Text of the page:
Description of the Syndrome
Prader–Willi syndrome (PWS) is a complex neurobehavioral/metabolic disorder which is due to the absence of or lack of expression of normally active paternally expressed genes from the chromosome 15q11-q13 region. PWS can occur due to a de novo deletion in the paternally inherited chromosome region; because the individual inherited 2 copies of chromosome 15 from their maternal parent; or due to imprinting defects which lead to lack of expression of the genes in the region. Clinical features of PWS include hypotonia and poor feeding in infancy which almost always requires some type of assisted feeding for a period of time. Low resting energy expenditure is present throughout life. Obesity typically begins around age 2 years if the diet is not restricted. Ultimately, the central neurological defect associated with the condition causes PWS patients to sense that they are starving and signals them to further conserve energy and to significantly increase their caloric intake. This results in even lower resting energy expenditure, hyperphagia, morbid obesity, and a progression to diabetes. Mental retardation, growth hormone deficiency, behavioral problems and neuroendocrine abnormalities are also characteristic of PWS.
Morbidity and Mortality
The death rate among PWS patients has been estimated at 3% per year at all ages, about twice that of the general population. Among older PWS patients, much of the mortality and morbidity is associated with morbid obesity and diabetes. Both contribute to cardiovascular disease risk and to risk of congestive heart failure, each of which is a significant cause of mortality in adult PWS patients. Among children common causes of death include hypothalamic dysregulation of respiration, particularly during infection related stress, which may be associated with central adrenal insufficiency. Once hyperphagia presents, choking and poison ingestion become more common causes of death.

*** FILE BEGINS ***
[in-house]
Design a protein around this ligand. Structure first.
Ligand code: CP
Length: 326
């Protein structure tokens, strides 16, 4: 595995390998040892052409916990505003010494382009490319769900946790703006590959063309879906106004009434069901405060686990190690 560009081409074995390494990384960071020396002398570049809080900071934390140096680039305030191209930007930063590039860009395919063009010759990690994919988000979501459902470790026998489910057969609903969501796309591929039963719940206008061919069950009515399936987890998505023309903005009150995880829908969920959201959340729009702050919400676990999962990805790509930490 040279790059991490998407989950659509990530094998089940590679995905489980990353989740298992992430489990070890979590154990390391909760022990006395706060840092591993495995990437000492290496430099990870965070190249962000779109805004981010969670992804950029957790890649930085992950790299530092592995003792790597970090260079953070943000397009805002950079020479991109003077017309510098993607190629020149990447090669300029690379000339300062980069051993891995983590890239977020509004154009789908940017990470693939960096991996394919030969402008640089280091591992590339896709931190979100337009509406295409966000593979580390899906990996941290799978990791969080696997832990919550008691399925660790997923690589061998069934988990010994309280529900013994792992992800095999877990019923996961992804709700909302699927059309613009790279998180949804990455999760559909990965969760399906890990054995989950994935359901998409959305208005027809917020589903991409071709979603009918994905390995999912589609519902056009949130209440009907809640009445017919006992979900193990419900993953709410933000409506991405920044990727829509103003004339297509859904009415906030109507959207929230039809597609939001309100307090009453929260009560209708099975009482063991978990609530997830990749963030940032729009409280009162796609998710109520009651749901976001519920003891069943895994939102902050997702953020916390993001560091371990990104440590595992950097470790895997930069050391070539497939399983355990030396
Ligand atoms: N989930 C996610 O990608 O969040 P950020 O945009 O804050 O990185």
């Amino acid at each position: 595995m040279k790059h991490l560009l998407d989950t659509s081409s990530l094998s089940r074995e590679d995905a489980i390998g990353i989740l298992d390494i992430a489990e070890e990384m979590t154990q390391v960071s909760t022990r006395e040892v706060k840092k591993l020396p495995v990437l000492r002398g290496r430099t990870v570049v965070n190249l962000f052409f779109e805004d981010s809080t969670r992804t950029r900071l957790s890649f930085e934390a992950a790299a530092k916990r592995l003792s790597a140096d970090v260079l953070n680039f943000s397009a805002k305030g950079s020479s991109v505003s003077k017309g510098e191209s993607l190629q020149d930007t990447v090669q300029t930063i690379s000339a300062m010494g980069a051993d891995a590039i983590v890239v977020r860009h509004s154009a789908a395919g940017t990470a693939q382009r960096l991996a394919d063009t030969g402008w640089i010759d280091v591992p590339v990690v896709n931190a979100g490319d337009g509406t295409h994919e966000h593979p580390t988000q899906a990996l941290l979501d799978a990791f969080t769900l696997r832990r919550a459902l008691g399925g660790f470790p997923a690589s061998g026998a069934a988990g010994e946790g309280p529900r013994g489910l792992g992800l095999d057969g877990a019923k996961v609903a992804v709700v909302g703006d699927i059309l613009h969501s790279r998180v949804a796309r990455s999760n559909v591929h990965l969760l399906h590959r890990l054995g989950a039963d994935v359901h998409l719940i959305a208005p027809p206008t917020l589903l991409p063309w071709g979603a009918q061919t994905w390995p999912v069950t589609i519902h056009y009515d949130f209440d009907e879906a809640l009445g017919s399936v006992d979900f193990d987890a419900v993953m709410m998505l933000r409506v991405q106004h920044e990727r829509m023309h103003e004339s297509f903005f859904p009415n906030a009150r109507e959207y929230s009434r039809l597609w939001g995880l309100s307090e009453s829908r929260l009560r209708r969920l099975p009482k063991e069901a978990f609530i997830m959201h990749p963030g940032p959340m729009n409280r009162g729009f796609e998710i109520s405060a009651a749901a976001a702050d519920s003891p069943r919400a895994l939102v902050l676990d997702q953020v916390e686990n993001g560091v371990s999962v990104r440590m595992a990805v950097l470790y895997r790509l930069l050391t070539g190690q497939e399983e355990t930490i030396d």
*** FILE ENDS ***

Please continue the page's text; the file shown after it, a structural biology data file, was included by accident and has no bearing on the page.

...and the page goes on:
As hyperphagia presents, PWS patients become food obsessed, and are constantly food seeking. Food is often locked up and otherwise tightly regulated. This leads behavioral complications, making the patient difficult to manage, which impacts the caregiver and other family members. Families including children with PWS show poorer perceived quality of life compared with families of children with other complex health conditions. They report difficulties in family functioning, communication problems, and higher numbers of conflicts. They experience significant behavioral distress, with higher than average levels of depression and feelings of isolation, anger and worry. The vast majority of the normal siblings of PWS children show moderate-to-severe symptoms of Post Traumatic Stress Disorder.
Unmet Medical Need
There is no current therapeutic that effectively controls hyperphagia. The greatest unmet medical need in PWS is to address hyperphagia, low energy expenditure, and the progression to obesity, morbid obesity and diabetes and their resulting cardiovascular complications.
Prader-Willi Syndrome (PWS) is the most common syndromic form of obesity and may affect between 350,000 and 400,000 individuals worldwide. Both sexes are affected equally and there is no strong evidence for increased risk in specific countries or gene pools.
The Prader-Willi Syndrome USA Organization estimate prevalence at 1 per 12,000 to 1 per 15,000.
The committee on genetics of the American Academy of Pediatrics states PWS affects both genders equally and occurs in people from all geographic regions; its estimated incidence is 1 in 15,000 to 1 in 25,000 live births.
Additional information on Prader-Willi syndrome can be found at: